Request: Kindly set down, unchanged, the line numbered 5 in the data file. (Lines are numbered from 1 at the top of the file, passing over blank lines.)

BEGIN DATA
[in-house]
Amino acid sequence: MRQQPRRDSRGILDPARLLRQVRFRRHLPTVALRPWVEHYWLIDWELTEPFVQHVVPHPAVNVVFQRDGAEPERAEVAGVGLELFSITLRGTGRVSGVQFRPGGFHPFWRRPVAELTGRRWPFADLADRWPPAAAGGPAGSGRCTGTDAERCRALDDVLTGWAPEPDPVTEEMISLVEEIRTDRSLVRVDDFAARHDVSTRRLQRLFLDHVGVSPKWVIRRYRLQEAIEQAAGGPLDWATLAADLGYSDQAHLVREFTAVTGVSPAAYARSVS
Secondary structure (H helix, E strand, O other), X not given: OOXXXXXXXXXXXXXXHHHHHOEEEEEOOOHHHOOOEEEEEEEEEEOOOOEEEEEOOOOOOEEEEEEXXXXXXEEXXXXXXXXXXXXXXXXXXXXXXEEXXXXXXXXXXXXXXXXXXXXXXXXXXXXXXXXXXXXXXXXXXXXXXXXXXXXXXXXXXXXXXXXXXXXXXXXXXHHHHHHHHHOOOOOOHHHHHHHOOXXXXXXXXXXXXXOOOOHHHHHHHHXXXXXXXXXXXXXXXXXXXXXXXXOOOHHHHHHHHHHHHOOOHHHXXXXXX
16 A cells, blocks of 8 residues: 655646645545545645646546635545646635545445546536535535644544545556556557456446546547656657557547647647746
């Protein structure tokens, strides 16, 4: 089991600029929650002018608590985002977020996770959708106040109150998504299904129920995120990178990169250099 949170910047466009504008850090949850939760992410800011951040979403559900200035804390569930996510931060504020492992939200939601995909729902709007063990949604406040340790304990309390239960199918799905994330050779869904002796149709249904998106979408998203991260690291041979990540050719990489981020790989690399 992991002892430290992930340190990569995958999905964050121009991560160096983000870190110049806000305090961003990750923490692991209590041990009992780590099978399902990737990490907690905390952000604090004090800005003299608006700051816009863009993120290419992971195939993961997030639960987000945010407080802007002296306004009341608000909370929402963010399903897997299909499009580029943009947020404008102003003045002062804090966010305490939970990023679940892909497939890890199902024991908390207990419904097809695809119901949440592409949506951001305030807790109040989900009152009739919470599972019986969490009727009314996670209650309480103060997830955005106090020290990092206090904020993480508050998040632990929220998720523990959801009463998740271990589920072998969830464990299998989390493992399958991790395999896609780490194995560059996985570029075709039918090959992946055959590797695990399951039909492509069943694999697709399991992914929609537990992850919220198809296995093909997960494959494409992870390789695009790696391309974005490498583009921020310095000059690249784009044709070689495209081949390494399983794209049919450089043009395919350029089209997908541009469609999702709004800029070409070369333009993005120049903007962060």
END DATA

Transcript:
């Protein structure tokens, strides 16, 4: 089991600029929650002018608590985002977020996770959708106040109150998504299904129920995120990178990169250099 949170910047466009504008850090949850939760992410800011951040979403559900200035804390569930996510931060504020492992939200939601995909729902709007063990949604406040340790304990309390239960199918799905994330050779869904002796149709249904998106979408998203991260690291041979990540050719990489981020790989690399 992991002892430290992930340190990569995958999905964050121009991560160096983000870190110049806000305090961003990750923490692991209590041990009992780590099978399902990737990490907690905390952000604090004090800005003299608006700051816009863009993120290419992971195939993961997030639960987000945010407080802007002296306004009341608000909370929402963010399903897997299909499009580029943009947020404008102003003045002062804090966010305490939970990023679940892909497939890890199902024991908390207990419904097809695809119901949440592409949506951001305030807790109040989900009152009739919470599972019986969490009727009314996670209650309480103060997830955005106090020290990092206090904020993480508050998040632990929220998720523990959801009463998740271990589920072998969830464990299998989390493992399958991790395999896609780490194995560059996985570029075709039918090959992946055959590797695990399951039909492509069943694999697709399991992914929609537990992850919220198809296995093909997960494959494409992870390789695009790696391309974005490498583009921020310095000059690249784009044709070689495209081949390494399983794209049919450089043009395919350029089209997908541009469609999702709004800029070409070369333009993005120049903007962060």